Marijuana Compounds Can Kill Some Cancer Cells

Oct 26, 2013

A sci­en­tist in the United King­dom has found that com­pounds derived from mar­i­juana can kill can­cer­ous cells found in peo­ple with leukemia, a form of can­cer that is expected to cause an esti­mated 24,000 deaths in the United States this year. “Cannabi­noids have a com­plex action; it hits a num­ber of impor­tant processes that can­cers need to sur­vive,” study author Dr. Wai Liu, an oncol­o­gist at the Uni­ver­sity of London’s St. George med­ical school, told The Huff­in­g­ton Post. “For that rea­son, it has really good poten­tial over other drugs that only have one func­tion. I am impressed by its activ­ity pro­file, and feel it has a great future, espe­cially if used with stan­dard chemother­a­pies.” Liu’s study was recently pub­lished in the jour­nal Anti­cancer Research. It was sup­ported by fund­ing from GW Phar­ma­ceu­ti­cals, which already makes a cannabis-derived drug used to treat spas­tic­ity caused by mul­ti­ple scle­ro­sis. The study looked at the effects of six dif­fer­ent non-psychoactive cannabi­noids — com­pounds derived from mar­i­juana that do not cause the “high” asso­ci­ated with its THC ingre­di­ent — when applied alone, and in com­bi­na­tion, to leukemia cells. Cannabi­noids dis­played a “diverse range of ther­a­peu­tic qual­i­ties” that “tar­get and switch off” path­ways that allow can­cers to grow, Liu told U.S. News & World Report. In an inter­view with The Huff­in­g­ton Post, Liu stressed that that his research was built around the test­ing of the six puri­fied cannabi­noid forms — not tra­di­tional cannabis oil, which Liu described as “crude” in com­par­i­son and gen­er­ally con­tain­ing 80–100 dif­fer­ent cannabi­noids. “We do not really know which are the ones that will be anti­cancer and those that may be harm­ful,” Liu said. Dur­ing the study, Liu and his team grew leukemia cells in a lab and cul­tured them with increas­ing doses of the six pure cannabi­noids, both indi­vid­u­ally and in com­bi­na­tion with each other. His study says the six cannabi­noids were CBD (Cannabid­iol), CBDA (Cannabid­i­olic acid), CBG (Cannbigerol), CBGA (Cannabigerolic acid), CBGV (Cannabigevarin) and CBGVA (Cannabigevaric acid). Liu and his team then assessed the via­bil­ity of the leukemia cells and deter­mined whether or not the cannabi­noids destroyed the cells or stopped them from grow­ing. Although promis­ing, Liu also said that it remains unclear if the cannabi­noid treat­ment would work on the 200-plus exist­ing types of can­cer. “Can­cer is an umbrella term for a range of dis­eases that fun­da­men­tally dif­fer in their cel­lu­lar makeup, [and] which occur as a result of dis­tur­bances to growth con­trols,” Liu said. “Chemother­apy works by dis­rupt­ing these dys­func­tional growth sig­nals. There­fore, any can­cers that have these pro­files should respond to the chemother­apy. It just so hap­pens that a num­ber of cannabi­noids can tar­get these very same mech­a­nisms that make can­cer what it is, and so any can­cer that exhibits these faults should respond well to cannabi­noids. The flip side is, of course, that other can­cers may not have these same genetic faults and so cannabi­noids may not work as well.” Accord­ing to the Cen­ters for Dis­ease Con­trol, 7.6 mil­lion peo­ple die from var­i­ous forms of can­cer each year world­wide. When asked if smok­ing mar­i­juana has the same or sim­i­lar effects as ingest­ing the pure cannabi­noid com­pounds he stud­ied, Liu said he thinks it’s unlikely. “Smok­ing cannabis intro­duces a num­ber of poten­tial prob­lems,” Liu said. “First, the com­plex makeup of cannabis that con­tains about 80 bioac­tive sub­stances means that the desired anti­cancer effect may be lost because these com­pounds may inter­fere with each other. Sec­ond, we see that deliv­er­ing the drug either by injec­tion or by a tablet would ensure the most effec­tive doses are given. Smok­ing would be vari­able, and indeed the heat of the burn­ing may actu­ally destroy the use­ful nature of the com­pounds.” In 2012, researchers at the Cal­i­for­nia Pacific Med­ical Cen­ter in San Fran­cisco found that CBD (cannbid­iol), a non-toxic, non-psychoactive chem­i­cal com­pound found in the cannabis plant, could stop metas­ta­sis in many kinds of aggres­sive can­cer. The National Can­cer Insti­tute has also funded some research into cannabis and can­cer, includ­ing a 2012 study that looked at the effects cannabis com­pounds have on slow­ing the pro­gres­sion of breast can­cer, spokesman Michael Miller told U.S. News and World Report. How­ever NCI has not funded research on the effects of cannabi­noids on leukemia. Liu stressed that much work is still needed, and said that find­ing sup­port for marijuana-derived med­i­cines can be polar­iz­ing. “Although there is much promise, I strug­gle to find enough sup­port to drive this work on,” Liu said. “The men­tion of cannabi­noids can polar­ize the pub­lic, who under­stand­ably link cannabis smok­ing with cannabis-derived drugs.” Liu told the Seat­tle PI’s Pot Blog that he hopes to start clin­i­cal tri­als involv­ing humans in 12 to 18 months. Source: Huff­in­g­ton Post (NY) Author: Matt Ferner, The Huff­in­g­ton Post Pub­lished: Octo­ber 25, 2013 Copy­right: 2013 Huff​in​g​ton​Post​.com, LLC Con­tact: scoop@​huffingtonpost.​com Web­site: http://​www​.huff​in​g​ton​post​.com/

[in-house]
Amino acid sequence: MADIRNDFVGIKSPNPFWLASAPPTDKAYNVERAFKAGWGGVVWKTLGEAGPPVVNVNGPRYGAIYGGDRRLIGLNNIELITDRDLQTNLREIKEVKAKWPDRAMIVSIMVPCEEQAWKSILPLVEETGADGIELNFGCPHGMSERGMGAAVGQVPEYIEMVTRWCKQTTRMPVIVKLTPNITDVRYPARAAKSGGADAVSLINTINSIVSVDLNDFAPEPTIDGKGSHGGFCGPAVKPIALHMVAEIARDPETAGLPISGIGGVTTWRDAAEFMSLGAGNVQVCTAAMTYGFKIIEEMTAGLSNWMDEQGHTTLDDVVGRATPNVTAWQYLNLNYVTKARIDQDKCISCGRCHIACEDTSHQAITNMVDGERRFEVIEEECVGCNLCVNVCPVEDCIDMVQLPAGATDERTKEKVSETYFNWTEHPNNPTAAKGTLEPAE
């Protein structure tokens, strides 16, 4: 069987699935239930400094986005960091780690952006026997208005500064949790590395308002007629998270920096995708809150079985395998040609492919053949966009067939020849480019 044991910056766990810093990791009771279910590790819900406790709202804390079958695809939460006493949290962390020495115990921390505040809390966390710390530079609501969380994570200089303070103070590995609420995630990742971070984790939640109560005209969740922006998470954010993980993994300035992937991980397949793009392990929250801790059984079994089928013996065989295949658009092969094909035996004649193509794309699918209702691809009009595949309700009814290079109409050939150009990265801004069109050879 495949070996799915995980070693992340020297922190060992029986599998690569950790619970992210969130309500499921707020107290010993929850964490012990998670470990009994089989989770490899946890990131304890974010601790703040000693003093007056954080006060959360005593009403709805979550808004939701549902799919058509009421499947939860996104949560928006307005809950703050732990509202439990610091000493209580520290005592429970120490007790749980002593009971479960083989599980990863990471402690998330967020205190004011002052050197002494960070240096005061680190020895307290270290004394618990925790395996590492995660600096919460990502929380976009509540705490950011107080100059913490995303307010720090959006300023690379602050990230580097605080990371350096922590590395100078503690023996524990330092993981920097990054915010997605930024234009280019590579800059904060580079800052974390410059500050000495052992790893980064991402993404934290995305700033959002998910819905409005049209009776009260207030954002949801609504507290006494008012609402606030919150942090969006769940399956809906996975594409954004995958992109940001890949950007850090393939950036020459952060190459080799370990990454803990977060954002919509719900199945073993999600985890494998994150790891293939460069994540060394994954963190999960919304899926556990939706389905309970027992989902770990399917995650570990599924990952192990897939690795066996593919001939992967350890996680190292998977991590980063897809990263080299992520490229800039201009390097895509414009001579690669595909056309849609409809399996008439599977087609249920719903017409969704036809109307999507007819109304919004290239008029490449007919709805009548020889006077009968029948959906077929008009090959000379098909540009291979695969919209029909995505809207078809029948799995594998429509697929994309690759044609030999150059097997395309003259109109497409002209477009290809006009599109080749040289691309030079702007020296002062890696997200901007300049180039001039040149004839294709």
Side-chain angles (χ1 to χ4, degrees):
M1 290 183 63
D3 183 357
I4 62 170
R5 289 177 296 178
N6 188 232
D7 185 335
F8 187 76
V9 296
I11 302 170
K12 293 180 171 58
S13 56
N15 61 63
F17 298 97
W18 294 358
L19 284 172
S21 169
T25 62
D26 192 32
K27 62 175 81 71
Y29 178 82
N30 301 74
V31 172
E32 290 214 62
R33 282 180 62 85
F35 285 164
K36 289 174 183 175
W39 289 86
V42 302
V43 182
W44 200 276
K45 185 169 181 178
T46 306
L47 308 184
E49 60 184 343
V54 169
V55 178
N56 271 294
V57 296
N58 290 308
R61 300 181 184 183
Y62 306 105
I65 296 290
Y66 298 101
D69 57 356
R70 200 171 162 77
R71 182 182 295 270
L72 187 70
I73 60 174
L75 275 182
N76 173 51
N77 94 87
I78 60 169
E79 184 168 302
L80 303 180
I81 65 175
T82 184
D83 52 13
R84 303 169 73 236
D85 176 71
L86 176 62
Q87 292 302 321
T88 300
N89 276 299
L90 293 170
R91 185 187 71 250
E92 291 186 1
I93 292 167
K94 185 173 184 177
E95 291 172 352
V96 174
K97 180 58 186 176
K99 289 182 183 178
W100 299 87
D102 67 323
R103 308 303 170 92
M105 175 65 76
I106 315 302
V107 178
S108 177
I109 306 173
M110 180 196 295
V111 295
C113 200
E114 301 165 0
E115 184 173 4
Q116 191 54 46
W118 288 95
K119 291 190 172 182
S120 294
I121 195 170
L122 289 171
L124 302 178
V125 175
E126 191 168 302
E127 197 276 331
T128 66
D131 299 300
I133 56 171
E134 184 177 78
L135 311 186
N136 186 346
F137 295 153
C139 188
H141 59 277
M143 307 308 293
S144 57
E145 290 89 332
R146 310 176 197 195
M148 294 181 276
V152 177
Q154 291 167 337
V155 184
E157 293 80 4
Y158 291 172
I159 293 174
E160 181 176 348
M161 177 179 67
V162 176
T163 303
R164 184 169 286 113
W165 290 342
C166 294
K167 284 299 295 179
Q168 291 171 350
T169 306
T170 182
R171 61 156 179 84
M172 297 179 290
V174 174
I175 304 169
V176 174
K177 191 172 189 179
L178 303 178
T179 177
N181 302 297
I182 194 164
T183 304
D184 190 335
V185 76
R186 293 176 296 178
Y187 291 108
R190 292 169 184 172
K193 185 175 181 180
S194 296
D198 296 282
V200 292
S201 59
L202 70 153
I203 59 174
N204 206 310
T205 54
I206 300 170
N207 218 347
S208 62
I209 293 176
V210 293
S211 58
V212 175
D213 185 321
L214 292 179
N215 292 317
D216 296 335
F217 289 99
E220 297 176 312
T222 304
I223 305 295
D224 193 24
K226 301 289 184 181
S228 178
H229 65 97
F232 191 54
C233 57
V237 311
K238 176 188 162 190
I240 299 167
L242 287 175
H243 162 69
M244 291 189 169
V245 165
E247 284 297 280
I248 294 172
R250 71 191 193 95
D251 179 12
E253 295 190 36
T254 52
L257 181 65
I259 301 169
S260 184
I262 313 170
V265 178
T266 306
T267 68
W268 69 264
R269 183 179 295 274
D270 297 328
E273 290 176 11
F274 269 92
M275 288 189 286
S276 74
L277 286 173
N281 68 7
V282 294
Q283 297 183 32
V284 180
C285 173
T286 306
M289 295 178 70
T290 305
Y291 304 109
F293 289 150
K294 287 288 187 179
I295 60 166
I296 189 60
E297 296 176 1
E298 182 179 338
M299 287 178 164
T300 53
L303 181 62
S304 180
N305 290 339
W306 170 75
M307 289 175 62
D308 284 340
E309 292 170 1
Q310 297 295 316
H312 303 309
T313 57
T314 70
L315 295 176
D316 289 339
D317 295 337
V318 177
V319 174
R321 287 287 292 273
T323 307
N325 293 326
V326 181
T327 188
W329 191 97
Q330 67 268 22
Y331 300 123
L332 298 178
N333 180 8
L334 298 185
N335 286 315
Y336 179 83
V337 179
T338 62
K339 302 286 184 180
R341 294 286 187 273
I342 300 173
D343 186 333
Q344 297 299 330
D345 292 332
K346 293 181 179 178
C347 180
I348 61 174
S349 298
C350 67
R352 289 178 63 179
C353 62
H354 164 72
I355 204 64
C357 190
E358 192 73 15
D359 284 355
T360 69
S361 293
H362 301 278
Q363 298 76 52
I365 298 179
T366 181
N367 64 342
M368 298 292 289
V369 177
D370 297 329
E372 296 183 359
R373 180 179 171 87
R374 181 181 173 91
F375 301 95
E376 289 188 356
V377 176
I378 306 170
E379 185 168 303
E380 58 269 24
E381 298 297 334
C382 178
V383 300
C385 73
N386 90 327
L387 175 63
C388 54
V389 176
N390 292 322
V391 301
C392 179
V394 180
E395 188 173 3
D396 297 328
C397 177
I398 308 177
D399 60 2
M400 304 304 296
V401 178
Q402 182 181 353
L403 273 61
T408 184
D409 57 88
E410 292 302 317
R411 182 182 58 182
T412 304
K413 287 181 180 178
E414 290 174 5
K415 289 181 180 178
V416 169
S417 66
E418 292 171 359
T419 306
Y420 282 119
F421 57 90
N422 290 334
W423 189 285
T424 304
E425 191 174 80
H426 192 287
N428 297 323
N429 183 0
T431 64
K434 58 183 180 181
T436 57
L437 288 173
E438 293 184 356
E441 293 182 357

Marijuana Compounds Can Kill Some Cancer Cells

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Mar­i­juana Com­pounds Can Kill Some Can­cer Cells

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